The higher ed task force recommendations, at a glance

Linda Clark

Co-chair Linda Clark called it “a red-letter day.”

Then, minutes later, the State Board of Education member had a reminder for other members of the state’s higher education task force. Now, the hard work begins.

On Friday Gov. Butch Otter’s higher education task force signed off on 12 recommendations on 12 unanimous votes.

But as Clark and other task force members pointed out at the conclusion of Friday’s meeting, implementation is another matter. And a time-consuming matter. Otter’s K-12 task force issued its recommendations in 2013. The state is still working on implementation — on everything from a mastery-based learning model to changes in Idaho’s school funding formula.

Here’s a rundown of the higher ed task force’s 12 recommendations.

A statewide “digital campus.” Task force members are looking at this as a game-changer. As they look for ways to get another 40,000 students into the system, they see a digital campus as an affordable college option that breaks down geographic barriers. The digital campus would tap into the current higher education system.

More money for college scholarships. The task force wants to expand the Opportunity Scholarship program and make money available to more high school graduates. The high-school GPA threshold would drop from 3.0 to 2.5. The task force also wants to fund the “adult completers” scholarship for older students who need credits to finish a degree. Otter has pushed this idea for two years, but the Legislature hasn’t signed on.

Rewriting and resetting the “60 percent goal.” The task force still wants 60 percent of Idaho’s 25- to 34-year-olds to have a postsecondary degree. But the group dropped the original 2020 target date, opting for a 2025 goal. The task force also opted for what it calls an “aspirational” tone, saying the goal will help Idahoans survive and thrive in a changing work force.

A “system-ness” goal, as the task force calls it. The group wants the state’s colleges and universities to integrate services, such as IT, to build a “student-centric system.”

Outcomes-based funding. The task force wants the state to launch some form of outcomes-based higher education funding by 2019-20. Funding would be based, for example, on the number of degrees awarded. Colleges and universities could get bonuses for on-time graduations, or serving at-risk students. It’s unclear how many higher education dollars would shift into an outcomes-based pool.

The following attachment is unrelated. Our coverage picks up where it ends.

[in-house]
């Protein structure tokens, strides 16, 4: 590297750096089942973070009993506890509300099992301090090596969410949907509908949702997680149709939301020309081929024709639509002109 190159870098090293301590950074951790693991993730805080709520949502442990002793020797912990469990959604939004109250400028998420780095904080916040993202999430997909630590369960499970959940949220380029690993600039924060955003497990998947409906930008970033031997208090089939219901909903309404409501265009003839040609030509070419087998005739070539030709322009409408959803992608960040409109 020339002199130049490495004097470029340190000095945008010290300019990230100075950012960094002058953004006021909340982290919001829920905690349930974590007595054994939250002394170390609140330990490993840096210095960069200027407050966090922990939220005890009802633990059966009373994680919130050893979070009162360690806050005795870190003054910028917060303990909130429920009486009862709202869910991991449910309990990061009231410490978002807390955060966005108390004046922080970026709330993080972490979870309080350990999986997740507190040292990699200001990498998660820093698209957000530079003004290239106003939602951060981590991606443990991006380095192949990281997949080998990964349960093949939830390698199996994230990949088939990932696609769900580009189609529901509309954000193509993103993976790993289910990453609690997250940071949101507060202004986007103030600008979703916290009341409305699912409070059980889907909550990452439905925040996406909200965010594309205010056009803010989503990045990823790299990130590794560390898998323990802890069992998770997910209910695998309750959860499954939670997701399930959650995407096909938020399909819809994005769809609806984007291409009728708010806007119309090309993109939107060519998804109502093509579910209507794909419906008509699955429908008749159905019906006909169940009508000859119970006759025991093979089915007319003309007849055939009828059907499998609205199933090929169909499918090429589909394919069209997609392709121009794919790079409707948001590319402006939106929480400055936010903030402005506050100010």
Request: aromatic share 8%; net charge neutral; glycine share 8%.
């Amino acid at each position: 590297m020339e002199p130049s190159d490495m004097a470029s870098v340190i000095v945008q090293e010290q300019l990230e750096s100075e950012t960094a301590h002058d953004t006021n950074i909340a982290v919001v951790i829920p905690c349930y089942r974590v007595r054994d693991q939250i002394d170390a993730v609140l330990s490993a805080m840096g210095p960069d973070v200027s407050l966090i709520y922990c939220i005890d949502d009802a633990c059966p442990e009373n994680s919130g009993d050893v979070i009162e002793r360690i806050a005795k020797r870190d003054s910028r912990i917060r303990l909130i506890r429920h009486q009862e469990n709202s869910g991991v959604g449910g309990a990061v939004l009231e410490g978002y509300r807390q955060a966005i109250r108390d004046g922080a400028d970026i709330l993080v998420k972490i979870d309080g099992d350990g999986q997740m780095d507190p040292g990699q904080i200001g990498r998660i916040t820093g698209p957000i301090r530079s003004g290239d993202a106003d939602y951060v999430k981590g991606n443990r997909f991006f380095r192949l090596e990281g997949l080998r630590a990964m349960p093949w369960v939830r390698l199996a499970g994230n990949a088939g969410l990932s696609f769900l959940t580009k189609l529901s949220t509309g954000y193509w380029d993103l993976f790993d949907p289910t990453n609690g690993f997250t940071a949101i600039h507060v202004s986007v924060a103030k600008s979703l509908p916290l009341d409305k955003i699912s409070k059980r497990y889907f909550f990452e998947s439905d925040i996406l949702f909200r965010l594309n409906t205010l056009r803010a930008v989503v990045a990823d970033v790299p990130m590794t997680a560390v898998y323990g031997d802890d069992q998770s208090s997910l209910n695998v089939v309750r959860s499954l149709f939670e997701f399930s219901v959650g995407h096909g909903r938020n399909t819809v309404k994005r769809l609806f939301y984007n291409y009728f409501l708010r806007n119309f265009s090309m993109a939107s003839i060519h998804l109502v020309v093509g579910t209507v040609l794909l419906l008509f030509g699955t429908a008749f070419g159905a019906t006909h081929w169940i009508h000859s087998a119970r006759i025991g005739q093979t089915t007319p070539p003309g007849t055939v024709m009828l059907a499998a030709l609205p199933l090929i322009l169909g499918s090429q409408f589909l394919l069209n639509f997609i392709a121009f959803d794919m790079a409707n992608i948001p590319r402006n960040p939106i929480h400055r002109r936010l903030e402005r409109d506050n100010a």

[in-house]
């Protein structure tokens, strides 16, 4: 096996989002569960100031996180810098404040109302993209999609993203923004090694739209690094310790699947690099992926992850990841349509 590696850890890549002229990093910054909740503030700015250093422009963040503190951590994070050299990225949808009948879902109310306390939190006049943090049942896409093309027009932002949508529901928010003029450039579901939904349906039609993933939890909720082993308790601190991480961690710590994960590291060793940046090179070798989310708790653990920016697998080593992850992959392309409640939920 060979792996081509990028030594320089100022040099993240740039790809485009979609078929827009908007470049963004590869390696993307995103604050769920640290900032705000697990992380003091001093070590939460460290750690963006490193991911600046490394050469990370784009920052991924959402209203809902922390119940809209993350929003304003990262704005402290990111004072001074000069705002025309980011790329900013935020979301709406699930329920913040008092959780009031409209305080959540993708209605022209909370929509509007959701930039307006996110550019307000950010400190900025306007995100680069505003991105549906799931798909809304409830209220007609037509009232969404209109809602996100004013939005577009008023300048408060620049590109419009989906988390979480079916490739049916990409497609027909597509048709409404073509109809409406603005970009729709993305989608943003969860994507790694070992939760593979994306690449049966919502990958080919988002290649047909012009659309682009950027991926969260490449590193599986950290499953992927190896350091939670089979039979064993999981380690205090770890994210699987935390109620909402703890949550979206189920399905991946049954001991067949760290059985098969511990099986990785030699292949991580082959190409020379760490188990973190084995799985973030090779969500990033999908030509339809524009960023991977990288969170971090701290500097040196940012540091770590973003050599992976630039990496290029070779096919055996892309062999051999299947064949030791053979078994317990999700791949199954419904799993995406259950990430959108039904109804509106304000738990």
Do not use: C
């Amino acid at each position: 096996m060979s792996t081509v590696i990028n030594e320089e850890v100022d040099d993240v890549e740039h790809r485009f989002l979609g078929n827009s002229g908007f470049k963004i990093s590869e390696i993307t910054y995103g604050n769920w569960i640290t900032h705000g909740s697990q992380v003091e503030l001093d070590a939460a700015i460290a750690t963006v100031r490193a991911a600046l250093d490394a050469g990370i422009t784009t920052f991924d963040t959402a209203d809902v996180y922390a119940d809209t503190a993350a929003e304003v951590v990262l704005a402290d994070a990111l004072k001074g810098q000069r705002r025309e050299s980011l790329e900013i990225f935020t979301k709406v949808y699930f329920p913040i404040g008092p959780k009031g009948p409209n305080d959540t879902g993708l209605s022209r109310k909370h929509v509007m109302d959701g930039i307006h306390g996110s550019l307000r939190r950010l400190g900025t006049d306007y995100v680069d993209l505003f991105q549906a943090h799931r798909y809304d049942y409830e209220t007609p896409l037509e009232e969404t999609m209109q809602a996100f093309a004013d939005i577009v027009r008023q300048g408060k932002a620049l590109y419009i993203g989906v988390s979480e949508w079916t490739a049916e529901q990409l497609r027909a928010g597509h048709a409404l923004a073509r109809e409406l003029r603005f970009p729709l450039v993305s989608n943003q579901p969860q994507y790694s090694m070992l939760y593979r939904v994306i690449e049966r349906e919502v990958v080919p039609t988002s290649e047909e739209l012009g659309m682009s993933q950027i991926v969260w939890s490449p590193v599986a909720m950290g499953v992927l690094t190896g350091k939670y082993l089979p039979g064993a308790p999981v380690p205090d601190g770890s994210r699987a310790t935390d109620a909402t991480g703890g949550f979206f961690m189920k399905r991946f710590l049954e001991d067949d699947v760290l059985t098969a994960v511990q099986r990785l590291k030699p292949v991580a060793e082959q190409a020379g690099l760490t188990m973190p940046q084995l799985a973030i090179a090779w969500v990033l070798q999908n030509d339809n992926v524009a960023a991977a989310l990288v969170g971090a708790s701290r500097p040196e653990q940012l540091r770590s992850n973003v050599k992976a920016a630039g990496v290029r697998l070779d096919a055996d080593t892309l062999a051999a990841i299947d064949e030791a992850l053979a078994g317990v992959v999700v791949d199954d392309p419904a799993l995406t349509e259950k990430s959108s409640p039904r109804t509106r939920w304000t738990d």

Rep. Ilana Rubel

The outcomes-based model generated some debate Friday. Rep. Ilana Rubel, D-Boise, suggested the model could encourage colleges and universities to water down the quality of degrees. Other task force members said the shift would make higher education budgets more transparent — and more palatable to skeptical legislators. “This is an easy sell,” said Sen. Bob Nonini, R-Coeur d’Alene.

The recommendation still passed unanimously.

K-12 upgrades, including an “enhanced statewide digital delivery system.”

A K-20 “guided pathways program.” Think in terms of a broad scope, stretching from kindergarten through graduate school. Some ingredients in this goal: early learning opportunities, and advising programs that begin no later than eighth grade.

Improved student completion. This goal also incorporates digital learning, as a tool to keep time- and place-bound students in school, and early interventions for struggling students.

Adopting the recommendations of another state task force — Otter’s work force development task force.

A “competency-based system.” This is akin to the mastery-based approach to K-12, now in its infancy in Idaho. Students would earn college degrees and certificates based on mastery of subject matter, rather than class time.

Partnering with industry. An increased emphasis on internships, apprenticeships and workplace-campus co-op programs.

Credits from the workplace. Students should receive postsecondary credits for work force training.